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Disruption of the Circadian Clock by a Cancer/Testis Antigen

Alicia Michael

1 Collaborator(s)

Funding source

National Cancer Institute (NIH)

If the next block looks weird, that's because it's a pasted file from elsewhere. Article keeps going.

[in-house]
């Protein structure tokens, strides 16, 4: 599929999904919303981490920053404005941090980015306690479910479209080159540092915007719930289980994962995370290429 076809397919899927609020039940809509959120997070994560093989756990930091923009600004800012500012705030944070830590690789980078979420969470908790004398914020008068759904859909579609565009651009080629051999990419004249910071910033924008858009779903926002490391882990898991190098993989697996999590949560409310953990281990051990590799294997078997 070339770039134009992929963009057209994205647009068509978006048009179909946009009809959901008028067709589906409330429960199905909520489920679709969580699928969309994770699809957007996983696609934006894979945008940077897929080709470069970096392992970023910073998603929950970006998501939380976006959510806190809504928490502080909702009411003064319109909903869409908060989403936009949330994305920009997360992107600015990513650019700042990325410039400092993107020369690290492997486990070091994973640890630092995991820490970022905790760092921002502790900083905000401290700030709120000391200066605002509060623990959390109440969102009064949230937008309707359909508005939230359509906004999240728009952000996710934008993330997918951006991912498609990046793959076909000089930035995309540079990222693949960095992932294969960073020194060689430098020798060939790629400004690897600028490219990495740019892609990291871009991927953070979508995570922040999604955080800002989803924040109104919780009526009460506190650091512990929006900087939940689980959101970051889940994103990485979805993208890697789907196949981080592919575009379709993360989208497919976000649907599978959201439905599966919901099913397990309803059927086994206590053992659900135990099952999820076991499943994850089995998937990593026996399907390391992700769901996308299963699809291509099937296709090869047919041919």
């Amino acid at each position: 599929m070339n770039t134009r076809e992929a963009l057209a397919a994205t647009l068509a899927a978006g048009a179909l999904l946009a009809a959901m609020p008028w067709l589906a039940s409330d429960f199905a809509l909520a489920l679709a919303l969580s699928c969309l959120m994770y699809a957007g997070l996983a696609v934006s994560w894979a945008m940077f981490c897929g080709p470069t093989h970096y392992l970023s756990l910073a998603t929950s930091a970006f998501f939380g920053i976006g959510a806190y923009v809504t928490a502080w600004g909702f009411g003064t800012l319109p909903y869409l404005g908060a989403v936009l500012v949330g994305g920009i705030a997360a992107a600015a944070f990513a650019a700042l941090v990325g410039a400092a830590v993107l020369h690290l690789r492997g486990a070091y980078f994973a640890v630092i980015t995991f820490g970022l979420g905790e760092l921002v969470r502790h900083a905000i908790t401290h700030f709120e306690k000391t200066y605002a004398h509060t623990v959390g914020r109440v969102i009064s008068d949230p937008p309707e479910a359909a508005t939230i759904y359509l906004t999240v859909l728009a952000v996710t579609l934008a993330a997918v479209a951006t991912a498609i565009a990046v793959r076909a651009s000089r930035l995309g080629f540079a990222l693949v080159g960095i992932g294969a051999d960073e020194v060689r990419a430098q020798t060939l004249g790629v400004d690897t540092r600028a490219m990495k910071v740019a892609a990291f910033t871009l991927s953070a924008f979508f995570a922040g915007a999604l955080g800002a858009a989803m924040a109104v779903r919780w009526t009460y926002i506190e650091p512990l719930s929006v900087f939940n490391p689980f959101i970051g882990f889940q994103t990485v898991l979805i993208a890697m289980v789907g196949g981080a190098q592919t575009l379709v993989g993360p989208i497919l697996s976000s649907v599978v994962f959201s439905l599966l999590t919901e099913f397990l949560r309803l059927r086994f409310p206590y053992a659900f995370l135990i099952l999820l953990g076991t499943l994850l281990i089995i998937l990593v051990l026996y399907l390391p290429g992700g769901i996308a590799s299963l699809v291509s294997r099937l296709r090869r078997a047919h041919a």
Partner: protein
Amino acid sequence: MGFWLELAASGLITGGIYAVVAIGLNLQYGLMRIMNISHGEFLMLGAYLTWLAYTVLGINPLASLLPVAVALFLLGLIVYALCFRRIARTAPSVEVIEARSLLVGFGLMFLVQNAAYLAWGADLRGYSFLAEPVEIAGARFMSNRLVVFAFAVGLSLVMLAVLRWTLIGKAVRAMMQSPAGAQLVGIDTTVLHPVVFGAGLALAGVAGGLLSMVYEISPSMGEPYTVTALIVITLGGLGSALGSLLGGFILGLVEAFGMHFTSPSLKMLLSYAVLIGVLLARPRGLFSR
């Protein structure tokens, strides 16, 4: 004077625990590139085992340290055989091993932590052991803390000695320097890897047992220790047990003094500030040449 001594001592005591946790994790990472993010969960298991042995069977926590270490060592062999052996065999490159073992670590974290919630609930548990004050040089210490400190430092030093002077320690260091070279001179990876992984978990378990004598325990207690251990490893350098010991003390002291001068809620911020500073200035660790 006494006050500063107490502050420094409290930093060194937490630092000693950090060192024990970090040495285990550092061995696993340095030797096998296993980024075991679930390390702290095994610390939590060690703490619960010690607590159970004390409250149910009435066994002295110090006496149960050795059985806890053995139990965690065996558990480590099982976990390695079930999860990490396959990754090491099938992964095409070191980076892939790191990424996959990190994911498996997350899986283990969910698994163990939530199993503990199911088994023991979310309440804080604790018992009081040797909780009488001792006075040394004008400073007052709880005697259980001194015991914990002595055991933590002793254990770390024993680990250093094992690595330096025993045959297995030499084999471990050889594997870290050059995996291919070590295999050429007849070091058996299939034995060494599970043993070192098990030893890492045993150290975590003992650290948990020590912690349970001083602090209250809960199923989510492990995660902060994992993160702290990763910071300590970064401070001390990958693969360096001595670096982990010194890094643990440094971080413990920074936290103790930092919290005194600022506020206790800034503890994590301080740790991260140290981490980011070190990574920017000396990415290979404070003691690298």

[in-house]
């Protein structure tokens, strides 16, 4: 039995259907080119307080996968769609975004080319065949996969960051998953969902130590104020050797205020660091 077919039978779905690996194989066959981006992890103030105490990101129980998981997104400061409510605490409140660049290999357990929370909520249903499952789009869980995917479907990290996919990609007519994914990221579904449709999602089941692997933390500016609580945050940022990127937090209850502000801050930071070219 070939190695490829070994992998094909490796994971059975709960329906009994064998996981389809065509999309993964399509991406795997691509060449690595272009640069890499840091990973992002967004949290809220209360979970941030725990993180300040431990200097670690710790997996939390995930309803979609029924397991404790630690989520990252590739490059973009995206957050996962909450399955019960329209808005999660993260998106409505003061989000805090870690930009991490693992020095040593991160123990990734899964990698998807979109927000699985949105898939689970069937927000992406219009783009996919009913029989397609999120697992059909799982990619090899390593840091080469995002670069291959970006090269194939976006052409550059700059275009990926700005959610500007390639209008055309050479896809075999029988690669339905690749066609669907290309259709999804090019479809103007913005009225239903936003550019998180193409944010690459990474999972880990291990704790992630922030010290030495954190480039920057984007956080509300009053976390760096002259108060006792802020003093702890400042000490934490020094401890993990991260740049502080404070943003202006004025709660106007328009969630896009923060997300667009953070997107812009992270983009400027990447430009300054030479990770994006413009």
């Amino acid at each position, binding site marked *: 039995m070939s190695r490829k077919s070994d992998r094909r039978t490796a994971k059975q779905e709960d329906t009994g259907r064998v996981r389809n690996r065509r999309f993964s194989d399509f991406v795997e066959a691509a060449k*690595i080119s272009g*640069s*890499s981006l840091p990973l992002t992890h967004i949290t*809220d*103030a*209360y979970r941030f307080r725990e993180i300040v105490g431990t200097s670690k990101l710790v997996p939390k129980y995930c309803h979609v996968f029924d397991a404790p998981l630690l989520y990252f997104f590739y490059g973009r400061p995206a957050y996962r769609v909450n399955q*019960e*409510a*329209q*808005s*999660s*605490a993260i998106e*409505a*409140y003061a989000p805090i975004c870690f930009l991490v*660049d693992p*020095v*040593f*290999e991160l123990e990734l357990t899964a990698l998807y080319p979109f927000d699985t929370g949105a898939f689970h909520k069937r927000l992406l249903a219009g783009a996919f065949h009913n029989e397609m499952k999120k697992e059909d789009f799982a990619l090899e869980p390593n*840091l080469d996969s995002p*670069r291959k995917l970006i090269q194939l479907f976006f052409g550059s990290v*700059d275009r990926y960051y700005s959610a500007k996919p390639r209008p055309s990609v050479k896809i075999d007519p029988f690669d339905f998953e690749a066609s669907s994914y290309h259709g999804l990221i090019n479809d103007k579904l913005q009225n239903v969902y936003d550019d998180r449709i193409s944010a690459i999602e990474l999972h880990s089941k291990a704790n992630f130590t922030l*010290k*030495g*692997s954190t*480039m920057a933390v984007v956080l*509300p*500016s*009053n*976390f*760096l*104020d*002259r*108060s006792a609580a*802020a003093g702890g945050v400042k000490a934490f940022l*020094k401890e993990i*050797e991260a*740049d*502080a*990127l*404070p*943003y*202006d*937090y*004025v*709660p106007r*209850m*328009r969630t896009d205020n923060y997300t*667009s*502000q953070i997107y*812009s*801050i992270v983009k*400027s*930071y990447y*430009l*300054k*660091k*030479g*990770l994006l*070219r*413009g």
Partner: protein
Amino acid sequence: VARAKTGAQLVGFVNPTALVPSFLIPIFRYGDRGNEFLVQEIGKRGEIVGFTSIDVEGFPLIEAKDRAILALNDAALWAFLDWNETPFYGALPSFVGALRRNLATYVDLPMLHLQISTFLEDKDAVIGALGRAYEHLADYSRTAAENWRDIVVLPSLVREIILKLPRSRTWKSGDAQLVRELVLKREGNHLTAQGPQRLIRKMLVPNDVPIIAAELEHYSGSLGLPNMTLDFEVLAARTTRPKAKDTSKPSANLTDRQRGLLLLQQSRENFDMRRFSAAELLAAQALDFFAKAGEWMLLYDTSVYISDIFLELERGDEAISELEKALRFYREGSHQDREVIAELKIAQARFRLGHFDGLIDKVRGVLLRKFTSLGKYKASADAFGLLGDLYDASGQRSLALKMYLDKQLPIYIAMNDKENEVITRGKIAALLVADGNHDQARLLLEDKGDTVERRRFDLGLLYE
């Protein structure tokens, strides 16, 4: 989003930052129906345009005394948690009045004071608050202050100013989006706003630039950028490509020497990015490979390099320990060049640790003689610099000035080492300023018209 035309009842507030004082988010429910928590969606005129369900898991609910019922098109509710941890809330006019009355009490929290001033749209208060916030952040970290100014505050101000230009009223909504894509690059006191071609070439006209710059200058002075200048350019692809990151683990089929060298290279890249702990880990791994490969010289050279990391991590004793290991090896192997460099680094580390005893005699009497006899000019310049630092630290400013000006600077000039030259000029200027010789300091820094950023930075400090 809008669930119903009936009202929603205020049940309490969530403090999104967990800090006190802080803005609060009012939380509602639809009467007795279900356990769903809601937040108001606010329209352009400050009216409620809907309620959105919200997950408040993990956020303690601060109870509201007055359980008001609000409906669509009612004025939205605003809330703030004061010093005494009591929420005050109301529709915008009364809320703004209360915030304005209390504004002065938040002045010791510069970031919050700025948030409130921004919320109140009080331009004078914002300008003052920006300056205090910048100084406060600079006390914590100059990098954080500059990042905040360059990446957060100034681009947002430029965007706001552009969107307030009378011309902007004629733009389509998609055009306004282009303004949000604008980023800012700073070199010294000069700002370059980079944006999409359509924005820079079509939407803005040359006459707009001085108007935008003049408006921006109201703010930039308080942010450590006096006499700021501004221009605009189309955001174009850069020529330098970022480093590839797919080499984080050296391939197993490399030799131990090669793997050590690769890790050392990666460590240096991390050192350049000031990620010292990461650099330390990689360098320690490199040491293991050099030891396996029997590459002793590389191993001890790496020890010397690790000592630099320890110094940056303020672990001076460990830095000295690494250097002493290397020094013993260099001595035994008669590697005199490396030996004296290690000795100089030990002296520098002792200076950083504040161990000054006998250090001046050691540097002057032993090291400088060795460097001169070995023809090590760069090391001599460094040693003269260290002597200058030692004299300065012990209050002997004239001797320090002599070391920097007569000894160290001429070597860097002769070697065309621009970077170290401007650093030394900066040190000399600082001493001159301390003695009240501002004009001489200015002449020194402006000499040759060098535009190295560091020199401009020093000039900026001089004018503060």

In humans, exposure to light at night during shift work disrupts normal circadian rhythms, leading to an increased incidence of cancer; however, the molecular mechanisms underpinning circadian disruption in oncogenesis are not well understood. Nearly every cell in the human body has an endogenous molecular clock that controls integrated biochemical processes on a ~24-hour period. At the core of this molecular clock is the circadian basic helix-loop-helix Per:Arnt:Sim transcription factor complex CLOCK:BMAL1 that controls the rhythmic transcription of nearly 15% of the genome including essential genes in metabolism, hormone secretion and the cell cycle. In healthy somatic tissues the circadian clock and the cell cycle are linked such that the clock gates cell division to once a day thus preventing uncontrolled proliferation. The cell cycle/circadian link has been acknowledged for many years, however, the cellular perturbations that uncouple these two rhythmic systems in cancer remain to be elucidated. The objective of this proposal is to understand how a protein that is not expressed in healthy somatic tissues, yet is upregulated in cancer, represses the circadian clock and the effect of endogenous clock repression on cell proliferation. Our preliminary data show that this cancer-specific protein, PASD1, represses the activity of CLOCK:BMAL1. Based upon preliminary studies, our Central hypothesis is that PASD1 silences clock function when expressed in cancer, removing clock-controlled homeostasis and cell cycle gating, leading cells down an oncogenic path. We will examine the role of PASD1 in clock regulation with the following specific aims: 1) Determine the mechanism by which PASD1 represses CLOCK:BMAL1 activity. Preliminary data demonstrate that a region of PASD1 that is conserved with a chromatin targeting domain in CLOCK is required for inhibition of CLOCK:BMAL1 activity. Our working hypothesis is that PASD1 uses molecular mimicry to interfere with the ability of CLOCK:BMAL1 to access target genes at the right time of day. To test this hypothesis we will perform ChIP-seq experiments to examine CLOCK:BMAL1 genomic targeting in the presence and absence of PASD1. 2) Determine how expression of PASD1 modulates circadian cycling and proliferation in human cancer cells. We hypothesize that knockdown of PASD1 in cancer cell lines will improve circadian cycling of CLOCK:BMAL1 target genes, providing more robust rhythms and decreased rates of proliferation. Investigating the mechanism by which a protein that is upregulated in cancer acts directly on the core circadian transcriptional feedback loop will establish a molecular link between circadian disruption and cancer with the long-term goal of identifying cancer therapeutics.

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